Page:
The utility and cost of Chlamydia trachomatis and Neisseria gonorrhoeae screening of a male infertility population
Extremely low prevalence rates of Chlamydia trachomatis and Neisseria gonorrhoeae infection were found in Canadian infertile men.
Trustin Domes, M.D., Kirk C. Lo, M.D., Ethan D. Grober, M.D., J. Brendan Mullen, M.D., Tony Mazzulli, M.D., Keith Jarvi, M.D.
Volume 97, Issue 2 , Pages 299-305, February 2012
To determine the utility and cost of Chlamydia trachomatis (CT) and Neisseria gonorrhoeae (NG) screening in infertile males.
Canadian tertiary-level male infertility clinic and university-affiliated laboratories.
5,588 male infertility patients.
CT and NG testing on 8,972 urine and semen samples.
Main Outcome Measure(s):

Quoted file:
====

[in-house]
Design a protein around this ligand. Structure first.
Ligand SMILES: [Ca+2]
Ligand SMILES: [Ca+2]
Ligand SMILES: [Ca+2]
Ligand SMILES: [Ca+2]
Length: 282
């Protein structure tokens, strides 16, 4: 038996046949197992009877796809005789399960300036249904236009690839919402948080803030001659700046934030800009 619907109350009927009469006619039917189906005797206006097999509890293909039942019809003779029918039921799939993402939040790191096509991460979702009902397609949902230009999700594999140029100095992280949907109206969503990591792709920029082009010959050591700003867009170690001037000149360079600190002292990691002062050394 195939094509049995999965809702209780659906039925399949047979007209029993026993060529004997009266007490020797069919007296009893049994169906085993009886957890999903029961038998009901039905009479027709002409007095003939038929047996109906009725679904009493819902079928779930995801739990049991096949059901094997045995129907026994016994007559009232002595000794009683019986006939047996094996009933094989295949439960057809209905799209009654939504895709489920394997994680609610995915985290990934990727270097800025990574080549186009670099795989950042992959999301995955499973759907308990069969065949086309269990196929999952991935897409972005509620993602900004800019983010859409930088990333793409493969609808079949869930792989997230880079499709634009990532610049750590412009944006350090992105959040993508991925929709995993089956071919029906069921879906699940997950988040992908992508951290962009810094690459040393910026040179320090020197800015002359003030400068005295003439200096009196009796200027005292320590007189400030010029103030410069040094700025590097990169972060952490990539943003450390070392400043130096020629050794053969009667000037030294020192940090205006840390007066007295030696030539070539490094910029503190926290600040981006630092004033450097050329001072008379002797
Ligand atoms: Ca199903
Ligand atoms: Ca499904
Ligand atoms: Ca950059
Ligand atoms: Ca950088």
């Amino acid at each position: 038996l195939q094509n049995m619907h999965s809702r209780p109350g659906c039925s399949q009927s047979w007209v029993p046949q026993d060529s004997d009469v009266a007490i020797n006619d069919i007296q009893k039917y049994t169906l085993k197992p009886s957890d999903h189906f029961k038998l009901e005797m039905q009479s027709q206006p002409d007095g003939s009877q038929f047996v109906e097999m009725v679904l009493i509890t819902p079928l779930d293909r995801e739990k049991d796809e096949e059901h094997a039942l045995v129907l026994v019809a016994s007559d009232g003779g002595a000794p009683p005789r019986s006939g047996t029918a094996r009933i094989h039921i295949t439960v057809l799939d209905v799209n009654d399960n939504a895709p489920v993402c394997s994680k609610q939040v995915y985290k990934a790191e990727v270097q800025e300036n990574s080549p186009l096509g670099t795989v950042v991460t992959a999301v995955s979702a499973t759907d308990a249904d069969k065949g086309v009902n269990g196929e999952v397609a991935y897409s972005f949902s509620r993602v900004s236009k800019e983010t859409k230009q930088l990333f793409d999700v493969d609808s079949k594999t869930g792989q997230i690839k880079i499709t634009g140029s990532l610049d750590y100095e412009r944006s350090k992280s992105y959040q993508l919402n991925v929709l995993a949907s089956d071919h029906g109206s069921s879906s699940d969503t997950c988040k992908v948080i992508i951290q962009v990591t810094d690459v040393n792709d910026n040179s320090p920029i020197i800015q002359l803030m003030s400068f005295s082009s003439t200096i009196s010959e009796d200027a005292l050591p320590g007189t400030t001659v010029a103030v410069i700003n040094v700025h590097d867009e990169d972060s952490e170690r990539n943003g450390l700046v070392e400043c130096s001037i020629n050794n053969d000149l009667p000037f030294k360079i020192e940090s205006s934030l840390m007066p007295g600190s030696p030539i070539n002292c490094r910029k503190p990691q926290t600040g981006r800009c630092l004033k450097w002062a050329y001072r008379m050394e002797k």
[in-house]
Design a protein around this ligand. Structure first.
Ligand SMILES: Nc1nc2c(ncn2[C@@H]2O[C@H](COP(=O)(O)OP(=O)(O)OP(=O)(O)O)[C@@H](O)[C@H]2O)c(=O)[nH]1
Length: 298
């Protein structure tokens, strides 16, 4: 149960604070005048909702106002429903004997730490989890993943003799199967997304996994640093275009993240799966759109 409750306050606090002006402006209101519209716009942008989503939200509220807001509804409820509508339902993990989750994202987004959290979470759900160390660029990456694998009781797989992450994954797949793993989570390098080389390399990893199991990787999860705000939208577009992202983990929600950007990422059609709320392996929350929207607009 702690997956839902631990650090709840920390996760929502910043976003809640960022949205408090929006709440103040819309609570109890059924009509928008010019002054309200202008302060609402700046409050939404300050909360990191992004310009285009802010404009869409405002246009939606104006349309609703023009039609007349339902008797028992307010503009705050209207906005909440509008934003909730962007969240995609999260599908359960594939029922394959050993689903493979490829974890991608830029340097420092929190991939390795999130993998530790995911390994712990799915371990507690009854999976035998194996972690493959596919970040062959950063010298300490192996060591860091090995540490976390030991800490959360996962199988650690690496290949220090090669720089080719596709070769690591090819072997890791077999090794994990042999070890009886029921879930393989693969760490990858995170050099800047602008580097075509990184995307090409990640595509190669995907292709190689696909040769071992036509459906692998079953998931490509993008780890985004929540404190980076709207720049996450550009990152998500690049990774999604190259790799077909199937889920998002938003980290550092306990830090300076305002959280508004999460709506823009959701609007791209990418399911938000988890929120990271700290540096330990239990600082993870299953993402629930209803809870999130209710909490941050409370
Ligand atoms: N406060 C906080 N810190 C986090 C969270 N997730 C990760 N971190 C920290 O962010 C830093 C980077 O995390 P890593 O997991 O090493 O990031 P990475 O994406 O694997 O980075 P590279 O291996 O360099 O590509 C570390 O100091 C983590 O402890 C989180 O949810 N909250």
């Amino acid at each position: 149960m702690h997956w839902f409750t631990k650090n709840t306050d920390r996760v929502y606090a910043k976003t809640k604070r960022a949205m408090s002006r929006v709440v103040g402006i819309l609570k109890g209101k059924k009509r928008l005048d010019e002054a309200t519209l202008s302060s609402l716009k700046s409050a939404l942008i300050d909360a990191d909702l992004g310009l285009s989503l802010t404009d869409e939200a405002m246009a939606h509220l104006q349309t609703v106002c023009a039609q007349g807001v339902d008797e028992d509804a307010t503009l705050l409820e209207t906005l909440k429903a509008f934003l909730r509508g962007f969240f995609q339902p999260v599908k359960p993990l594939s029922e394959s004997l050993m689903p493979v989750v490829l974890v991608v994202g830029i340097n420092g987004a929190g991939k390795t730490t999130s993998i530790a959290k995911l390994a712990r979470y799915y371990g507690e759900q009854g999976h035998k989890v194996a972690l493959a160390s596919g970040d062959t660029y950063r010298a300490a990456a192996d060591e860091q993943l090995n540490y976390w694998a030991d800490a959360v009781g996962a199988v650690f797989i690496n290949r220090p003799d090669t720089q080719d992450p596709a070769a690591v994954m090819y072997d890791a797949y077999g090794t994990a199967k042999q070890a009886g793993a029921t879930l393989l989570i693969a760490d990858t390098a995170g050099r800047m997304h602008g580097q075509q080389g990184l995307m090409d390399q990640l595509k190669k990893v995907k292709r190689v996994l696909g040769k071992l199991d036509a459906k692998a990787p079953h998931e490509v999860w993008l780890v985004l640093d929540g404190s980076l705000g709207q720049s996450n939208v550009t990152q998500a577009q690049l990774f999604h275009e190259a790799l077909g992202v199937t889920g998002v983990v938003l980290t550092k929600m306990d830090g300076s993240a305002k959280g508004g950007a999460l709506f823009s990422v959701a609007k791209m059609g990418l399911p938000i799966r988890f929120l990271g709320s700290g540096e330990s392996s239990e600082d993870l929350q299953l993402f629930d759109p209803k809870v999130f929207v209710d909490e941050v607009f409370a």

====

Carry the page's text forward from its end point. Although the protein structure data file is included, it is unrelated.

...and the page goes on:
Prevalence of CT and NG infection in infertile males versus general male population in Canada over 8 years (2003–2010) and the reagent cost to detect one case of CT or NG.
In infertile males, the prevalence rate for CT and NG was 0.304% and 0.0537%, which was statistically significantly lower (3.4- and 8.1-fold lower, respectively) than the age-adjusted general population prevalence. With the reagents costing $86.20 per patient tested, the reagent cost alone to diagnose one case of CT or NG was $38,669.
The prevalence of CT and NG in this study are among the lowest reported in the male infertility literature. These findings question the utility of CT/NG screening in this low-risk population and emphasize that decisions about the utility of screening must be based on the prevalence rates of the disease in the studied population.